Madeleine Albright’s Memo to the Next President

Tuesday, January 08, 2008

America’s standing in the world has become a major issue in the 2008 presidential elections. Former Secretary of State Madeleine Albright offers her ideas on how the U.S. can regain some trust from the international community. Her new book is Memo to the President Elect.

Event: Madeleine Albright will be speaking and signing books
Tuesday, January 8 at 7 pm
Union Square Barnes & Noble

Weigh in: Is America’s international reputation an important issue for you in the upcoming presidential election? Which candidate do you think will best restore the world’s trust?


Madeleine Albright

Comments [10]

jjerome miller from Penn Valley PA

I caught the interview with Neil Cavuto. I appreciate and respect the way in which Ms. Albright responded to the insulting and disrespectful comments by Cavuto.
Her response was right on. I may not agree with everything she says, but her demeanor and explanation of her disagreement with Bush and his actions in creating this war were RIGHT ON.
Cavuto certinly showed that he was on the side of war. I resent his disrespect of Albright.

Jan. 10 2008 04:10 PM
Scott from Brooklyn

No one knows more than our host, but before he remarked, "The Bush Administration has not appointed any Democrats to the Cabinet, as far as I can tell," a a production assistant might have told him that Democrat Norman Mineta served as President George Bush's Secretary of Transportation from 2001 through July 6, 2006.

It may have been a minor post, ineffectual and no more than window dressing -- but it's false to assert so casually and offhandedly that no Democrat was appointed to the Cabinet by Bush.

Jan. 10 2008 02:13 PM
Robert from New Jersey

PLEASE address the nexus between the writings of scholars and policymakers. In short, do their writings have ANY effect on decision-making? If so, can you cite examples?

Jan. 08 2008 01:13 PM
Eric from B'klyn

Refreashing to hear Ms Albright's forthright presentation... should US policy on terrorism be a war or a international police action?

Jan. 08 2008 01:07 PM
sarah from Williamsburg

I just wanted to say that I LOVE this woman. I really respect her clear and understandable explanations of such complicated and multi-layered topics, such as politics. I'd vote for Madeleine Albright in a second, but in this election it's Obama all the way!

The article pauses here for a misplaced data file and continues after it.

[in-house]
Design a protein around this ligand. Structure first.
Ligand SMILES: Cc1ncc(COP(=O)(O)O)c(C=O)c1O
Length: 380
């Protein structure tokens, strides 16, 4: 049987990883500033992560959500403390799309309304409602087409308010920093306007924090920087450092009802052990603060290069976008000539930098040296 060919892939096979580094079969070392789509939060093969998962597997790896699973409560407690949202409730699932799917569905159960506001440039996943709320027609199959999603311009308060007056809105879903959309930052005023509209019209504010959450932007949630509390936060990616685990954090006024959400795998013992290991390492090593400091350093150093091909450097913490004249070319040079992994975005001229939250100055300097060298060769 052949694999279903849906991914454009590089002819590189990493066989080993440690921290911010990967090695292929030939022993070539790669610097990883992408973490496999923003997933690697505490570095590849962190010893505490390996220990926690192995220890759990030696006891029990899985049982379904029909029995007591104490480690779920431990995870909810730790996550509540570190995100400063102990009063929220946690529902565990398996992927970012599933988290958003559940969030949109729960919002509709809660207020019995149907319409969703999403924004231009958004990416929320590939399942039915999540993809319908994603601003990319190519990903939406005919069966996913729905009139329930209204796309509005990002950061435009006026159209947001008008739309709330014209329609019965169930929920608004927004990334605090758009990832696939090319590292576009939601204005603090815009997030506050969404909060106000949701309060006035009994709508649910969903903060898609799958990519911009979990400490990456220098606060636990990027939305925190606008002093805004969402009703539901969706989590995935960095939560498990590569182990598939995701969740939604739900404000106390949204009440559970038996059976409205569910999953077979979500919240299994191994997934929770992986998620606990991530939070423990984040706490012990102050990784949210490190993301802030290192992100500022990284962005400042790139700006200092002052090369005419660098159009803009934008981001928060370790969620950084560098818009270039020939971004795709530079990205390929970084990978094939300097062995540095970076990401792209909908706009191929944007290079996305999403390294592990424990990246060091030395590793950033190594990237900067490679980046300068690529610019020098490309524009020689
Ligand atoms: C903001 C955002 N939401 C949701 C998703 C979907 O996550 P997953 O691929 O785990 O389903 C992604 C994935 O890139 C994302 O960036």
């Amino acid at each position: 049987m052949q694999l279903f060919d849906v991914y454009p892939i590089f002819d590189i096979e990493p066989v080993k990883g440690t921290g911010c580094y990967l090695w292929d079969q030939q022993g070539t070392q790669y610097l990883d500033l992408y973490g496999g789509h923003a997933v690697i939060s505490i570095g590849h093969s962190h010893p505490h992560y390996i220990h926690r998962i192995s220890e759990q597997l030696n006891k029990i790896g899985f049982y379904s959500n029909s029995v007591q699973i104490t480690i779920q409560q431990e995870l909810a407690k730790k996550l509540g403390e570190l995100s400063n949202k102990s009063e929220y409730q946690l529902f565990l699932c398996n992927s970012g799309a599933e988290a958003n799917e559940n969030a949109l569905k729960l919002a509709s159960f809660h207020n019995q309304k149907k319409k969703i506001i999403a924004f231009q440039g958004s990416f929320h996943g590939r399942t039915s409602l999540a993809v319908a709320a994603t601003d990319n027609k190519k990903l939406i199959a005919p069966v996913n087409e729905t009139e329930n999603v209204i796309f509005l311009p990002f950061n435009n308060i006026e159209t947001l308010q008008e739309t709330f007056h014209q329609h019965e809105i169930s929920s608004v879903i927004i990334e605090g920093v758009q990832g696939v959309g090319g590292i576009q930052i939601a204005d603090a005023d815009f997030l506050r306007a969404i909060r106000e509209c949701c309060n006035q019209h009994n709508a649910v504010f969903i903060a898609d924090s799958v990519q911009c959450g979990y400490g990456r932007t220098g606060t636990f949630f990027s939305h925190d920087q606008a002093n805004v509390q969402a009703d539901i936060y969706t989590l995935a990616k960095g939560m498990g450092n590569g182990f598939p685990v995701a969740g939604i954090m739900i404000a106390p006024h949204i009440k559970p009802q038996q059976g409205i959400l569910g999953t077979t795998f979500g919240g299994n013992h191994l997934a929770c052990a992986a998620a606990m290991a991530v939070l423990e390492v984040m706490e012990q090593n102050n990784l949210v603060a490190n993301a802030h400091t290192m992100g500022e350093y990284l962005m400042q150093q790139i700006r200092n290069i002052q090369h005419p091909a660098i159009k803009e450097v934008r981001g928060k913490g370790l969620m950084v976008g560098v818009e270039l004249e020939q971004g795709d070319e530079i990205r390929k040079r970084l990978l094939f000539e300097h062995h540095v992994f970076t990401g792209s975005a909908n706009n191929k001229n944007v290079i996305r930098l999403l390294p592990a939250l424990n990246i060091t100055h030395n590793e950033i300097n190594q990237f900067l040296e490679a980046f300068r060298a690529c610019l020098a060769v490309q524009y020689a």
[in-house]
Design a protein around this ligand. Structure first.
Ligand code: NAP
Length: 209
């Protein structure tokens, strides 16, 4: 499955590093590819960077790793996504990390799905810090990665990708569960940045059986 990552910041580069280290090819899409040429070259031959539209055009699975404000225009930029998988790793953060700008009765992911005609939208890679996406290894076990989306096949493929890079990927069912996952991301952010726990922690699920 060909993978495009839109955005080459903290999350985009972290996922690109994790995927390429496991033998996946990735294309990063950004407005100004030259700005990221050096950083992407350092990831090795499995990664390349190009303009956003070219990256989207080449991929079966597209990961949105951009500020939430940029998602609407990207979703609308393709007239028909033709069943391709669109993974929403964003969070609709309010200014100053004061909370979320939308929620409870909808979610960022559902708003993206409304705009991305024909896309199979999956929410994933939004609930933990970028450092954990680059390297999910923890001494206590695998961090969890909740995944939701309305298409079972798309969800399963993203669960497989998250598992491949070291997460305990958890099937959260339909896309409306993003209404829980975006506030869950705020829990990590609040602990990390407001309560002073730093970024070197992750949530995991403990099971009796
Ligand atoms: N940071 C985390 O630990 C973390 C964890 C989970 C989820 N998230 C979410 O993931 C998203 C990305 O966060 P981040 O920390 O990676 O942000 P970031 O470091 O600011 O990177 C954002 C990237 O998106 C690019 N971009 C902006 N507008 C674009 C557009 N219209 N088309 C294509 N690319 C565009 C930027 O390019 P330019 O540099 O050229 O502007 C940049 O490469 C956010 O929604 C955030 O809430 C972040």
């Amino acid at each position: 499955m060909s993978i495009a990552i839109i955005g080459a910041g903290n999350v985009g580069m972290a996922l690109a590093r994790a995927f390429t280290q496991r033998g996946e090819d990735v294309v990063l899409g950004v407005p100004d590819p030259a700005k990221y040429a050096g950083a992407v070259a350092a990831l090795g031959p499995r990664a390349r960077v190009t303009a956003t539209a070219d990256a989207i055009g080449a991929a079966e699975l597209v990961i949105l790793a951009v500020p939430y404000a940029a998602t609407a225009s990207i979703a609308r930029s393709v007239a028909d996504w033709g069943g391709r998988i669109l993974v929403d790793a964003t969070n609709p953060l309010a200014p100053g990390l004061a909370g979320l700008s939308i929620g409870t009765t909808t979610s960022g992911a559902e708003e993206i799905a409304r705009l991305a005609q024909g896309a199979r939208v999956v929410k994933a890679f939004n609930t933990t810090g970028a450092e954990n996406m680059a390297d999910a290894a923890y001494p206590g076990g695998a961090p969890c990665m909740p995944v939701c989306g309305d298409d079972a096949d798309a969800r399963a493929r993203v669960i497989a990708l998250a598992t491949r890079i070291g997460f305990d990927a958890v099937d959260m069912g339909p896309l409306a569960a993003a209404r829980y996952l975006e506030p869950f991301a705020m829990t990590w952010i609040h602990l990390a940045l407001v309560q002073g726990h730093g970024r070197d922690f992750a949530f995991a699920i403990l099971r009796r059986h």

I highly doubt that any leader in the middle east could or would take Hilary seriously.

Jan. 08 2008 01:04 PM

No excuses...the U.S. and the U.N. messed up concerning Rwanda

and again now concerning Darfur...

not being able to move the system fast enough???? Umm...the Darfur genocide has been going on for a couple of years now....

Jan. 08 2008 12:56 PM

I think what the candidate is perceived to represent is very important. Obama is going to surround himself with people with "experience", so the experience issue is not #1 to me. We don't live in an autocracy...despite Bush's best efforts to make it so, therefore it's not all on the president him/ is him/her and the people they choose.

So far, I think Obama is the best embodiment of the idea of "change" and that would really help our damaged reputation around the world and I think he can inspire "change"...I am dubious about Hillary's ability or even intent to do so.

Also, I was not disturbed by Obama's Pakistan comments...due to the soundbite quality of the mainstream media his statement is remembered out of it's context. It was not a Bush-esque statement at all.

Jan. 08 2008 12:50 PM
Susan from Kingston, New York

I, too, think Hillary Clinton is the better candidate. A do-er, not just a talker. I think that the next President is going to have their hands full in trying to straighten out the messes that the Bush Administration has created. I find Obama inspirational, Edwards passionate and if Bill Richardson had a larger profile, I would vote for him. I am voting for Hillary because she has the leadership qualities that I admire.

Jan. 08 2008 09:40 AM
flori from NJ

I think Hillary Clinton is a strong leader who already has international respect. Obama is too naive about world affairs (i.e. his recent comments on Pakistan), and we already know where that leads (i.e. Bush).

Jan. 08 2008 09:19 AM

I am tempted to vote for Obama because I think his expat upbringing and time spent among Muslims awards him extra credibility among non-US Muslims with whom the US might be wise to talk/negotiate, over various matters -- including current enemies of the US.

What do you think about this reading of Obama's background, Madam Albright?

Jan. 08 2008 07:15 AM

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